I can be hungry, easy. I am just scared of it. I am scared of hunger because I don’t know what it’ll do to me, mean to me, how I’ll feel at the end of it all. I am scared to test out the stability I have built up around myself, I am scared to find out how fragile it is. But now, and for the whole month of Ramadan, I am hungry all the time. Hunger used to be familiar and banal to me, and now it is this huge gaping unknown, and I’m scared of it. So I need to recalibrate my relationship to hunger. I need to puncture the skin around it so it deflates. It is a normal thing that people experience everyday, people write about it, think about it, depict it. It is a representable Thing. In representing it, it is something we can give shape to and understand.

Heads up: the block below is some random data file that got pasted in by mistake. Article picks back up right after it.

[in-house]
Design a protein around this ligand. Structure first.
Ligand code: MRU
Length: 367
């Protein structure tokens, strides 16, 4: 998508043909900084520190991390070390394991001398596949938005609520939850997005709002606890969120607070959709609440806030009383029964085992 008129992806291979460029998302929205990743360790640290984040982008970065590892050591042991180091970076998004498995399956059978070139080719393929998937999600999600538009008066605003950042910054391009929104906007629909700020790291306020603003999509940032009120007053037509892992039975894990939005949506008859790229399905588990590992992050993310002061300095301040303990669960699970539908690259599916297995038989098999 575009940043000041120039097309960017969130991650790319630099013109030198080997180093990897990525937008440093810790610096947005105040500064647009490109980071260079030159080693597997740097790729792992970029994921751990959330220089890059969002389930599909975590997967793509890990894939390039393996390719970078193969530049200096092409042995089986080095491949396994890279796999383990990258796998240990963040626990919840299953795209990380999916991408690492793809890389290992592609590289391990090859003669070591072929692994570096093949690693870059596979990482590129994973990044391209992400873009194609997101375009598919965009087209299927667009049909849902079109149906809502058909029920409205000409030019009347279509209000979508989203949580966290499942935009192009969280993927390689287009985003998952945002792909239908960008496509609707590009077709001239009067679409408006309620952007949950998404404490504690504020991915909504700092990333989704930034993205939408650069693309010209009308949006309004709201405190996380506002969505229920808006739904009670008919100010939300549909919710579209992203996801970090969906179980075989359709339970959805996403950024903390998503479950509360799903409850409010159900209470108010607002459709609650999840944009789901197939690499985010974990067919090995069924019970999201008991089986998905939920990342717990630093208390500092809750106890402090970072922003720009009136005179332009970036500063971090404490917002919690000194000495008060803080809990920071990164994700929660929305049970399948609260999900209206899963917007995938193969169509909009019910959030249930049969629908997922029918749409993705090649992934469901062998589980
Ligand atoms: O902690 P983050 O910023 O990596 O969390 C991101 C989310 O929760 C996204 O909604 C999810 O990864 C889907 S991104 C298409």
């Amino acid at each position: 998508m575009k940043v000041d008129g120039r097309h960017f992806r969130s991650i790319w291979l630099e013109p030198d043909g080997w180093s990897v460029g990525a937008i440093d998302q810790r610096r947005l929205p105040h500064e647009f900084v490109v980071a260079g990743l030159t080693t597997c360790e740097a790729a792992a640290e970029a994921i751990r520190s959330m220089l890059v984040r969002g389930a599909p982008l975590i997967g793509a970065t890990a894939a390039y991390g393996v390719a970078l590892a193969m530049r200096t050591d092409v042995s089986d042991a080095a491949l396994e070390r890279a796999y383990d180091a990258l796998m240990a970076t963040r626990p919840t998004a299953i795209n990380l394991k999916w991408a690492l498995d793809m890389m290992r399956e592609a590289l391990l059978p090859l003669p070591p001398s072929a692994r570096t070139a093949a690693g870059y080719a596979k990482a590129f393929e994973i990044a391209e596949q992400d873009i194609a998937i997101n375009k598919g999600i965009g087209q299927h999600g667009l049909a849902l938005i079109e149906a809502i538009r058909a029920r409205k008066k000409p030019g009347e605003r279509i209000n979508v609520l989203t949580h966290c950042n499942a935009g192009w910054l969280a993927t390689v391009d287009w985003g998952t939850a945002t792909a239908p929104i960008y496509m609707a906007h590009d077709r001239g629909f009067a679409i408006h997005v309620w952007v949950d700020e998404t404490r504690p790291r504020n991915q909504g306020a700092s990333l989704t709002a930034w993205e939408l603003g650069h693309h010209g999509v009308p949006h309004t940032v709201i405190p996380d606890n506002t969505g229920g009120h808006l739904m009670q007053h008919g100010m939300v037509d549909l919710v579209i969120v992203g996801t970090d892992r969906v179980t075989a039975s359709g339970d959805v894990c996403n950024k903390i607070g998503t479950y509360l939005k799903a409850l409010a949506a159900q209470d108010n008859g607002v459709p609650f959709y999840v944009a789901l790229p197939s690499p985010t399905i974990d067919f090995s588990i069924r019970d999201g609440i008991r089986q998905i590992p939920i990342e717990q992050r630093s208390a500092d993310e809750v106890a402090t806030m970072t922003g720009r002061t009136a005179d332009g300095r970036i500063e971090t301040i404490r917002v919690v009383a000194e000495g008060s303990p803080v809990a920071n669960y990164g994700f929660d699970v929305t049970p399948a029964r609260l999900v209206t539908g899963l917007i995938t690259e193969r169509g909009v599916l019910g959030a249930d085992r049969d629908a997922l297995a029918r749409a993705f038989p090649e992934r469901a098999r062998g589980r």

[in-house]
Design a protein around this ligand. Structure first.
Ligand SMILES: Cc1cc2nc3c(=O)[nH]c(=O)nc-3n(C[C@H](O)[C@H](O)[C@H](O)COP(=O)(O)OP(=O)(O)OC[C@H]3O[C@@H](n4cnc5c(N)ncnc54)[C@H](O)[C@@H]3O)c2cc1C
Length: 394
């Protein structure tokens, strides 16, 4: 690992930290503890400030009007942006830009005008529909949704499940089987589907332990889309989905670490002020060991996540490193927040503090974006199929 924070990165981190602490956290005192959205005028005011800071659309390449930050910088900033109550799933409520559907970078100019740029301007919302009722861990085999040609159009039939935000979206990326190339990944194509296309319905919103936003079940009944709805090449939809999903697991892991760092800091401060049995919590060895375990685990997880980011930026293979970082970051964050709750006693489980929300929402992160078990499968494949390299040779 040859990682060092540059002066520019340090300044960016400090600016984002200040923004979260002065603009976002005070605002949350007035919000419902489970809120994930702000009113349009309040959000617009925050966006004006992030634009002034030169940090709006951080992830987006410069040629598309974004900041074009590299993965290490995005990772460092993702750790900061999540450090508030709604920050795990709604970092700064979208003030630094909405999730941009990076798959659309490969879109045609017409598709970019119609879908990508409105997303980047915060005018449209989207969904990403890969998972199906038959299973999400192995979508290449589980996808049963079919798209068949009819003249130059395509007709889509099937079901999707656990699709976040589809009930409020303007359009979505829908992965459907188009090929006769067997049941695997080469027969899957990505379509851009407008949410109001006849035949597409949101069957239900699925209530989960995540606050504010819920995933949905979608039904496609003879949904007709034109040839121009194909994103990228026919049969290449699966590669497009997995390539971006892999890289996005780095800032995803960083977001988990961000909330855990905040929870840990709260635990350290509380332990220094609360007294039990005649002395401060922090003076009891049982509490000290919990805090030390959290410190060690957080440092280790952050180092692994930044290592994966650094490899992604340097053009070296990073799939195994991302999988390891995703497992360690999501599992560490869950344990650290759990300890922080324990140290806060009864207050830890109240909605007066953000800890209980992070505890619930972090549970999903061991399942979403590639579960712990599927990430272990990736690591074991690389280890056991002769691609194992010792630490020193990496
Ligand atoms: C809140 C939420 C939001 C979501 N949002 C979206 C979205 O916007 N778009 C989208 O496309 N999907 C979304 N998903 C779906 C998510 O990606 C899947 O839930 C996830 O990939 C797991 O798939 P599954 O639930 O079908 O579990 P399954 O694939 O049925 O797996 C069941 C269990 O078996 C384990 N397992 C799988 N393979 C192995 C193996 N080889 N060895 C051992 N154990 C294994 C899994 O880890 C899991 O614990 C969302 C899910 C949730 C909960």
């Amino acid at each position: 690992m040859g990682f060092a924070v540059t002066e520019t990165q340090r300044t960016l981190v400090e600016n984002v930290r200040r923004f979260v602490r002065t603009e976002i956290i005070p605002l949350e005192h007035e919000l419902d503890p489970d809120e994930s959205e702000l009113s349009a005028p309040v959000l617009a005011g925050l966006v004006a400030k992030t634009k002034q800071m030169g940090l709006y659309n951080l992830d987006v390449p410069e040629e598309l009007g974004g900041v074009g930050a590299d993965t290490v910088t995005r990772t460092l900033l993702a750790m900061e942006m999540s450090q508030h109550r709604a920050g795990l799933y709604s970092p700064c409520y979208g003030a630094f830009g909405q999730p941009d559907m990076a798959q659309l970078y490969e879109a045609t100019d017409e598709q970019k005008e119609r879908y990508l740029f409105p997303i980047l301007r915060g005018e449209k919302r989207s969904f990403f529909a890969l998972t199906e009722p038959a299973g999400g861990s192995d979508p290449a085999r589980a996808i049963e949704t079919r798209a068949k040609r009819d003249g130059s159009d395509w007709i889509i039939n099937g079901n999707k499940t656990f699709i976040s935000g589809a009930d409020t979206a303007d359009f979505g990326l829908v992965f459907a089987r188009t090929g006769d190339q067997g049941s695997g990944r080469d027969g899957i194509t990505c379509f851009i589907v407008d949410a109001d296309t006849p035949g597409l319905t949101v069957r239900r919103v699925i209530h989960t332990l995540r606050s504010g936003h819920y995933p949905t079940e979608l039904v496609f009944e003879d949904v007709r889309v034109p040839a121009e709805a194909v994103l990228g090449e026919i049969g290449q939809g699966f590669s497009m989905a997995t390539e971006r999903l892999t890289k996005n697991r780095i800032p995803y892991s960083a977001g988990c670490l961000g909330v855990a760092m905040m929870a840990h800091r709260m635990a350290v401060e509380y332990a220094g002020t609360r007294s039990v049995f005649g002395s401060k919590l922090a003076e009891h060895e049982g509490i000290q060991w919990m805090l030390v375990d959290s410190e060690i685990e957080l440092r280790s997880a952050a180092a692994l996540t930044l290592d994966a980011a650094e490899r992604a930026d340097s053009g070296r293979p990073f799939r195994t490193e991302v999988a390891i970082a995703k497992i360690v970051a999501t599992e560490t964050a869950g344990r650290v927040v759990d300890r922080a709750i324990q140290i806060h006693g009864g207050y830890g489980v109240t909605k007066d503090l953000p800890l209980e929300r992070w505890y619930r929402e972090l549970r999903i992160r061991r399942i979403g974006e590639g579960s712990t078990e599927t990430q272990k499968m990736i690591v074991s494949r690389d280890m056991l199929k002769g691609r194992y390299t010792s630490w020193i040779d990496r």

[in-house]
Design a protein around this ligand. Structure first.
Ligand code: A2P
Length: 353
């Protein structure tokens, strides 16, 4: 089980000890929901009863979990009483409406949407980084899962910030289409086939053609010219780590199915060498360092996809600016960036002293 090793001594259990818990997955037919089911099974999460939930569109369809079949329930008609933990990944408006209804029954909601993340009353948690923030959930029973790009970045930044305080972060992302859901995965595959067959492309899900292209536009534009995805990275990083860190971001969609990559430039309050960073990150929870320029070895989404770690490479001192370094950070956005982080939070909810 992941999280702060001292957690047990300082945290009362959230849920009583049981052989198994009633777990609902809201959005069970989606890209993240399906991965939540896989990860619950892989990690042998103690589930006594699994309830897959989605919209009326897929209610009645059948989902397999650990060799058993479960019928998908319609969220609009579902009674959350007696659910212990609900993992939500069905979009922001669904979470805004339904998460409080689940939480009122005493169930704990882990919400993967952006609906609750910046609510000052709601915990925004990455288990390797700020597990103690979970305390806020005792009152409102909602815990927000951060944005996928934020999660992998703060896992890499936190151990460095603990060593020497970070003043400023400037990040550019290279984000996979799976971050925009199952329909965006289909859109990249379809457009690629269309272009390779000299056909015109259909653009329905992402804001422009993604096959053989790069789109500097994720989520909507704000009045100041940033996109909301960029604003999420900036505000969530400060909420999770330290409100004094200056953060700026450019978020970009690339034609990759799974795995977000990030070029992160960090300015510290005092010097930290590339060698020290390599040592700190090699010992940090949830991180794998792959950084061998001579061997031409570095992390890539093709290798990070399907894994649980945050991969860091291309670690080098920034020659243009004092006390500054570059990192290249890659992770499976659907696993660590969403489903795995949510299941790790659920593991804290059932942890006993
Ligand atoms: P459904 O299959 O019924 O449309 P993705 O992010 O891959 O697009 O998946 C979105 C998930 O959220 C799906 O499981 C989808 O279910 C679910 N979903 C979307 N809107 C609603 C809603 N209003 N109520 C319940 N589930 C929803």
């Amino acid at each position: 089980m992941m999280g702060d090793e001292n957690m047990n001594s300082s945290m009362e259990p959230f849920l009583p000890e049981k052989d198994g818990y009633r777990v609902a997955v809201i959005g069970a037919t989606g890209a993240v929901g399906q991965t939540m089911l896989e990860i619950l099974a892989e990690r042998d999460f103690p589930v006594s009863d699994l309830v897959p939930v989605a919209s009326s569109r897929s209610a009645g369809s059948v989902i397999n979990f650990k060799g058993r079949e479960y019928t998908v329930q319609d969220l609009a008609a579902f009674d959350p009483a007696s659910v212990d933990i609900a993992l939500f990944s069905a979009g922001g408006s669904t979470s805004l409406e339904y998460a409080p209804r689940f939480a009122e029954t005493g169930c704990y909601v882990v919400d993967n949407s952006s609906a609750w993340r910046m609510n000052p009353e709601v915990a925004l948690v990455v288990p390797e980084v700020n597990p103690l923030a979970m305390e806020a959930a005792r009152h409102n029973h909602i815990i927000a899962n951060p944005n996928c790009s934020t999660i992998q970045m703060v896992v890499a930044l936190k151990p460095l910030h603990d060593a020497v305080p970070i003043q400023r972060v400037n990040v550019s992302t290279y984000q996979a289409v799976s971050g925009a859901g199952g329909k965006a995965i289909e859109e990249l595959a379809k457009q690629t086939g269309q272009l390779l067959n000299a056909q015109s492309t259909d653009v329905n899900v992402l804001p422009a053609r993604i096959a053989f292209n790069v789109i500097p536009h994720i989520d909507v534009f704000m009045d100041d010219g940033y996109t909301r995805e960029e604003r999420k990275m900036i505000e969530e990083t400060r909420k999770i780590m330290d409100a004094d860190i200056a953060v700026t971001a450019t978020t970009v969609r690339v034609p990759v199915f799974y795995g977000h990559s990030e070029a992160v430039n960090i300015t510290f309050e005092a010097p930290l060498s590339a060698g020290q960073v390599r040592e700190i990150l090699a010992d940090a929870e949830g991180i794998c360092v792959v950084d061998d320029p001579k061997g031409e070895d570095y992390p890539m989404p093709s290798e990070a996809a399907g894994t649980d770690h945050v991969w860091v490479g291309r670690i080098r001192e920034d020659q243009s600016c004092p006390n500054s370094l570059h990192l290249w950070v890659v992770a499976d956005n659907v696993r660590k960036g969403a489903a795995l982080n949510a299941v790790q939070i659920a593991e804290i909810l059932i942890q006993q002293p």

In A Hunger Artist, Franz Kafka tells a sad short story about a sad life. It is only sad because it is on the edge of a sad truth. It tells the story of a hunger artist, a performer who fasts for an adoring crowd. He was once at the pinnacle of his craft, held back by the limits placed around him. Back then, he was watched by these fascinated spectators and constant observers, always on hand to make sure he wasn’t secretly eating. But they didn’t get it, he’d never cheat. There’d be no point, the only person he was really trying to prove anything to was himself. And anyway, he could fast for longer than they would let him. He was dissatisfied every time he was made to eat. Eventually the appreciation for hunger artists died out, and he joined a circus. In this circus cage, there are no limits. He’s finally able to achieve his dream of fasting for longer than he has ever fasted before. But no one cares. Finally a supervisor approaches, asks him why he’s doing this. The hunger artist whispers in his ear, ‘because I couldn’t find a food which I enjoyed’ and then he falls down dead. He is dead, dead and hungry. They clear up his body, and put a panther in the cage instead. The crowds gather around the animal, adoring and lingering, enthralled by its power and fury.